Save the Mentor!
T-34 owners are the latest to prove the value of good old-fashioned American ingenuity.
- By Peter Garrison
- Air & Space magazine, January 2005
(Page 4 of 6)
Replacing a spar sounds like a huge job. In most wings, skins and ribs are riveted directly to the spar, so removing the spar entails drilling out nearly every rivet in the wing. The Beech wing, however, is an unusual design. It consists of three separate assemblies: the D-shape leading edge, the main spar, and the main torque box, a sheet metal structure between the main and rear spars. The three assemblies are neither riveted nor bolted together; instead, they are joined by stainless steel wires, about the thickness of a wire hanger, that run the full length of the wing through interlocking piano-style hinges. To separate the spar from the rest of the wing, all you do is pull out the wires. In building the first post-World War II high-performance personal airplane, Beech seems to have anticipated that periodic spar inspections might be needed someday.
The FAA required that Parks perform a stress test to the 9 G ultimate load. Parks built a heavy steel fixture, put a wing into it, and pushed on the wing with a hydraulic ram. The steel fixture deformed, but the wing did not. Parks got his Supplemental Type Certificate.
The most technically economical response to the spar situation emerged from GAMI, George Braly and Tim Roehl's company. GAMI first did a computer survey of the T-34 spar, using the now-universal method called finite element analysis, and found a hot spot of concentrated stress at the exact point where the Sky Warriors wing had failed. Then, using electronic strain gauges affixed to wing and spar surfaces, the engineers recorded the structure's reactions to G-loads applied in flight. The results confirmed the computer's diagnosis.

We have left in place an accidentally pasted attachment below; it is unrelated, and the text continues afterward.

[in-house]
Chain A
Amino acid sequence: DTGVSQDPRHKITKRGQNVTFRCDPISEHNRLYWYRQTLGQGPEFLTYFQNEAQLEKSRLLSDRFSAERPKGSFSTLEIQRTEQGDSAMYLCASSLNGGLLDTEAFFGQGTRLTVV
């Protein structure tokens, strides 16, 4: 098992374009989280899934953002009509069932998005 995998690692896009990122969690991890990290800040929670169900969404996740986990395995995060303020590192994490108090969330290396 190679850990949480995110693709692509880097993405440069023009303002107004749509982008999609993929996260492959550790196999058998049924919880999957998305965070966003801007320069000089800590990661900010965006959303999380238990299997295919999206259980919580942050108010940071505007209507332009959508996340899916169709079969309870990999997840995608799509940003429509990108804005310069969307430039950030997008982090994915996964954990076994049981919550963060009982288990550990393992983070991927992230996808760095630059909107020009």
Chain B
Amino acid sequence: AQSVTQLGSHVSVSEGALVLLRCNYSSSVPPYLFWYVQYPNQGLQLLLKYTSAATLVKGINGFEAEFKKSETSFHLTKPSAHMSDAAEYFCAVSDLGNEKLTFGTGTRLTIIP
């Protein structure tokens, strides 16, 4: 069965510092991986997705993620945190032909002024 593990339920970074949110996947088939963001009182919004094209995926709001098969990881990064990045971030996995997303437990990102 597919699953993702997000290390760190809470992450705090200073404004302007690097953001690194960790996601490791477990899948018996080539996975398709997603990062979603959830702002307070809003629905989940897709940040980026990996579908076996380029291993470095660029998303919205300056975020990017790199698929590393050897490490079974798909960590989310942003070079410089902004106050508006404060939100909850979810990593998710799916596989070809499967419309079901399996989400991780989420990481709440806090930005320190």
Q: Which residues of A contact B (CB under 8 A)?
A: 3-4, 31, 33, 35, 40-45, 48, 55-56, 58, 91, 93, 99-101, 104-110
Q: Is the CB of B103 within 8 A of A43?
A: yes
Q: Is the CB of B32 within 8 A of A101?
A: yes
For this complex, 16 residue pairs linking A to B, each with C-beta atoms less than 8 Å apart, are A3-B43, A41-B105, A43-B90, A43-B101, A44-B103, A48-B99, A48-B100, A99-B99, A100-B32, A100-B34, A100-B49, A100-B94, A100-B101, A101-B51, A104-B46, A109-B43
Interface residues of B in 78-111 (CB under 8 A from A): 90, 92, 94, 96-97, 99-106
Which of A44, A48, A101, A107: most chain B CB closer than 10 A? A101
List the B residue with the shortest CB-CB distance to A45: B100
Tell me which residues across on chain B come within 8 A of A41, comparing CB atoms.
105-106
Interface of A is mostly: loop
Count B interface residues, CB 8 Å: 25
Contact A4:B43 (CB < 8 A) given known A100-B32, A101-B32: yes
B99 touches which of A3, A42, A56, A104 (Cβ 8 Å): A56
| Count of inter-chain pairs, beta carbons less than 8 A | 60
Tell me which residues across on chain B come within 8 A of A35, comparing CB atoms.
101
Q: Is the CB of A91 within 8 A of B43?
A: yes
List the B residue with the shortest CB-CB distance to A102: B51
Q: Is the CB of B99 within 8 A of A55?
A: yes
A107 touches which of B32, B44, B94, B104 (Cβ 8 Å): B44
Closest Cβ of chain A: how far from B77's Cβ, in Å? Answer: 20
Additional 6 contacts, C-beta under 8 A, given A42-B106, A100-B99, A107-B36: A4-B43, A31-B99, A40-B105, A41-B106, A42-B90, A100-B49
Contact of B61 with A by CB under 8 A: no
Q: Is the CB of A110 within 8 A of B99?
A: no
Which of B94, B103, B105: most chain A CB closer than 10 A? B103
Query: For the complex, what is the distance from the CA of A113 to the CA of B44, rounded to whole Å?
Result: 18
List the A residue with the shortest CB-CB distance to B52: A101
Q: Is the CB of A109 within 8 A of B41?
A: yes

GAMI gusset (Luke Kerr)
FAA Designated Engineering Representative Victor Juarez then designed a small, artfully tapered gusset that bridges the critical area, eliminating the stress concentration. The GAMI team hardened the perimeters of rivet and bolt holes in the affected area, increasing their lives several-fold. The FAA approved the modification without testing a wing, solely on the basis of extensive analytical documentation the company supplied.
GAMI intended to turn over the rights to the AMOC to the T-34 Association, but to Braly and Roehl's surprise, the association's board chose not to involve itself in the airframe repair business or to endorse any particular AMOC. So Braly and Roehl formed the T-34 Spar Corporation, which provides the required inspections and modifications at a number of sites for $14,000.
The costliest repair is offered by Nogle & Black Aviation of Tuscola, Illinois. Charlie Nogle and his son Jud are, like Earle Parks, longtime eminences in the T-34 community. The Nogles scrap the existing spars and replace them with one more massive and better made than the original. The new spar also provides a shear web that runs all the way out to the wingtip (the original T-34 web stops a little outboard of the landing gear). The full-length web looks stronger, but its real function is to provide support for supplemental rubber fuel bladders in the leading edges outboard of the standard tanks, whose 50-gallon capacity may not be enough for the bigger-engine airplanes.
New spars-two are required-cost around $12,000 each, and the additional cost of dismantling the airplane and wing and refurbishing the wings as needed (it would be foolish to take the wings apart and not bring them up to near-new standard) runs another $12,000 to $20,000. Nevertheless, says Jud Nogle, the mod sells itself. "Pilots take one look at the new spar next to an old one, and they want to have it."
T-34 owners grumbled over the cost of modifying their airplanes. Many felt that the FAA had overreacted to the cracks. After all, only one airplane had had the problem, and that airplane, they felt, had been systematically abused. The same might be true of all airplanes used in air combat schools, which also provides "upset training" to pilots wanting to learn to recover from unusual attitudes, such as those produced by an encounter with the wake of a larger airplane. Surely it was unfair to lump them together with the T-34 operators who used their airplanes primarily for weekend outings and formation flights, and who rarely, if ever, indulged in acrobatics. It was rumored that in addition to the fatal Sky Warriors accident, a couple of other T-34s had experienced partial wing failures and had flown home to be repaired, and that these too had been air combat school airplanes.